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Parents, Seniors

Helping Your Senior Girls Make College & Career Decisions

Since my children could talk, one of my favorite questions to ask them is, “What do you want to be when you grow up?” I love this question, mostly because their answers are so entertaining. Their career aspirations have ranged from Mickey Mouse to jet skier( I’m not sure what this is, but that does sound like a job I’d be interested in!). We ask this question of people early and often. It starts out as silly, but somewhere along the way, it turns serious.

Before we know it, our students who wanted to be Mickey Mouse are now wrestling over real life college and career decisions. Over the years, I’ve witnessed many students in their quest to make these decisions. Unfortunately, in these conversations with them, I often hear about great financial opportunities, status, and job security, but very little about the Lord’s plan. As parents, student ministry leaders, and volunteers, we have been given a great opportunity to disciple students regarding their futures. The question is, will we disciple them for the world, or for Christ? 

For many students, choosing a college and career will be one of the first big life-decisions they make. I know it was for me, along with being a spiritual marker in my life. As I struggled with my college decision, the Lord taught me how to wrestle, seek Him, and ultimately, have peace in a decision. Here are a few ways my parents discipled me in directing my future:

Teach them of their freedom in Christ.

When it comes to college, opinions can be strong about school sizes, locations, and more. I’ve heard students excitedly come back from a college tour, only to also hear fellow classmates speak of it negatively. We need to encourage students that there’s freedom in Christ in college and career decision making. Scripture never commands specifics in these areas. Therefore, each student needs to be given the opportunity to pursue Christ’s will for their lives, and learn to be okay and confident in that. One student might go to a large public university, while another chooses a small Christian one. We need to encourage that both are wonderful decisions!

Pray with and for them.

These are huge decisions students are making. Now that I’m 30, I feel like 18 is so young to decide such big things. Our students need to be covered in prayer. I believe a beautiful gift we can give them is to allow them to hear the prayers being lifted on their behalf. Yes, we should pray for them as we go throughout your day, but also, let’s allow them to hear the pleas lifted up to Christ for them.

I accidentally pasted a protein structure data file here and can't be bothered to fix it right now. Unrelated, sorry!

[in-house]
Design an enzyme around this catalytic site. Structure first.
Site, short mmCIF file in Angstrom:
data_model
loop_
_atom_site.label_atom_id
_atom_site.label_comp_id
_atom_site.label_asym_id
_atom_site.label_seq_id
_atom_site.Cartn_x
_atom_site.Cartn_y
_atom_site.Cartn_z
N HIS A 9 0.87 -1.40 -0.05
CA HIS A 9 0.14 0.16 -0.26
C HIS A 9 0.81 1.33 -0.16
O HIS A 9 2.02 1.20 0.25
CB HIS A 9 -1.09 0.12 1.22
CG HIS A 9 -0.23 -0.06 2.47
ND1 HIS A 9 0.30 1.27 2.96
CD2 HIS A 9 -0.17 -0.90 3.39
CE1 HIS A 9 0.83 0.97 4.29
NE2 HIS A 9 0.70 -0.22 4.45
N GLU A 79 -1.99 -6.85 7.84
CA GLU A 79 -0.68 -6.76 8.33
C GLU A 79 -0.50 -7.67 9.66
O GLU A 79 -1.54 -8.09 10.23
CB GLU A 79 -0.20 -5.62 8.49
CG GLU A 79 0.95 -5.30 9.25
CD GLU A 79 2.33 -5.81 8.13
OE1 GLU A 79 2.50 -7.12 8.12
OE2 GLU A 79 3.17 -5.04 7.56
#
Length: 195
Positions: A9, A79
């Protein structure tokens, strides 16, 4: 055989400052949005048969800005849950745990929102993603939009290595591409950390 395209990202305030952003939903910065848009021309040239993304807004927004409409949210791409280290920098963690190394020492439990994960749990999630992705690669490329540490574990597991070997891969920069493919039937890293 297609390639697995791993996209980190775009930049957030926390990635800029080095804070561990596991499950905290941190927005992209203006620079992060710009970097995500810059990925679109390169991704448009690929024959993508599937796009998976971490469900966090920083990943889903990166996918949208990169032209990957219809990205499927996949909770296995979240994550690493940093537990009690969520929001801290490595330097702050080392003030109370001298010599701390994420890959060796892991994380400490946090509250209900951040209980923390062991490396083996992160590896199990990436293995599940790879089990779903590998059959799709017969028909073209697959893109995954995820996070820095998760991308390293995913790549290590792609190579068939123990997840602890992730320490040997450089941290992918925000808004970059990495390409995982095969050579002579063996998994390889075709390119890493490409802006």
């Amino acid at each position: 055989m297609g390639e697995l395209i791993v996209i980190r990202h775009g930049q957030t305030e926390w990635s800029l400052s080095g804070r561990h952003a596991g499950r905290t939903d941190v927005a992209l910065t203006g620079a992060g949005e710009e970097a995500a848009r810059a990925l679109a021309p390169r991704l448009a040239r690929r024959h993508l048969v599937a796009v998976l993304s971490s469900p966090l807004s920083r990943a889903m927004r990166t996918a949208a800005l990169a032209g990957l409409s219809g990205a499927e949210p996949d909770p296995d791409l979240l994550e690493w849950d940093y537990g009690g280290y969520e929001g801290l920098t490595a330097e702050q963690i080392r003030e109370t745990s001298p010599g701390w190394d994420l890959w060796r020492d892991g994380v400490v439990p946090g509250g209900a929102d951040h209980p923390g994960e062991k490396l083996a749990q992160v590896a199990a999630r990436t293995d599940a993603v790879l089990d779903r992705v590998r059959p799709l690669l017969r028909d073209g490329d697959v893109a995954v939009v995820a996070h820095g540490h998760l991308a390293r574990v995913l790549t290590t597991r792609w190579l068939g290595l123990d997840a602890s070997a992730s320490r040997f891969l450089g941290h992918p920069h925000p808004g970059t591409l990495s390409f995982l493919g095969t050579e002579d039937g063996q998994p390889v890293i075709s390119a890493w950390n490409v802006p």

Walk through the process with them.

I toured many colleges in my search for the right one. I didn’t realize it then, but my parents and I made memories that are so sweet now. Parents, though it could be a sacrifice, take time to tour college campuses with them. After tours, talk to them about their thoughts. Ask them questions about campus life, and if they could see themselves there. They might not admit it, but students desperately need the wisdom of their parents now. Since parents have more life experience, they can help students think through things they might not have. Create open lines of communication for questions, concerns, and thoughts throughout the decision making process. If you’re not a parent, ask your students about their process. If a student needs a mother-figure in her life, step into that role in ways you’re able to.

Allow them space to wrestle and process.

I know this might sound contrary to the above point, but I promise it’s not! My parents were vital in my college decision-making process. However, I also spent a lot of time one-on-one with the Lord about it. This is an excellent opportunity for us as disciple-makers to encourage those we disciple to dive deep into God’s Word and prayer. The Lord used my parents to influence my decision, but ultimately, it was one I made with Him. The fact that my parents allowed me time and space to wrestle with the Lord is something I’m so grateful for. As an adult, I can look back on that time and remember the Lord’s faithfulness in it. Now, It serves as a great spiritual marker for me as I walk with the Lord.

Truly, college and career decisions are big ones. It causes many students to wrestle with their identities. Also, it’s a crossroads where students will choose to either live for themselves and this world, or the Lord and his Kingdom. Yes, we need to be wise in decision making when it comes to job security and money, but we can’t allow that to be the focal point of conversations with students. As students tell me of their future large salaries, I often remind them that they can make all the money in the world, but if they’re not doing what the Lord has called them to, they’ll be miserable. In these conversations, we often simply need to ask, “Well, what does the Lord want?”

In Luke 16:13, Jesus tells us we can’t serve both God and money. Friends, let’s use these formative teenage years to disciple our students to serve God. Personally, my life doesn’t look anything like I thought it would when I made that college decision back in 2007. However, the Lord has done immeasurably more as he’s given me grace to walk with him (Eph. 3:20). Let’s use our lives and Scripture to show them how beautiful it is to live a life faithful to our Lord. 


Cassie Pattillo is a wife to Jack, and mama to Hunter (5), Isaac (3), and is in the process of adopting from India. Jack is a student pastor, so she loves serving alongside him and investing in teens’ lives. She is passionate about biblical literacy along with writing and teaching about Scripture. She is also a big fan of slow mornings with a cup of coffee, a good book on the beach, and Gamecock football. Connect with Cassie: Blog // Facebook // Instagram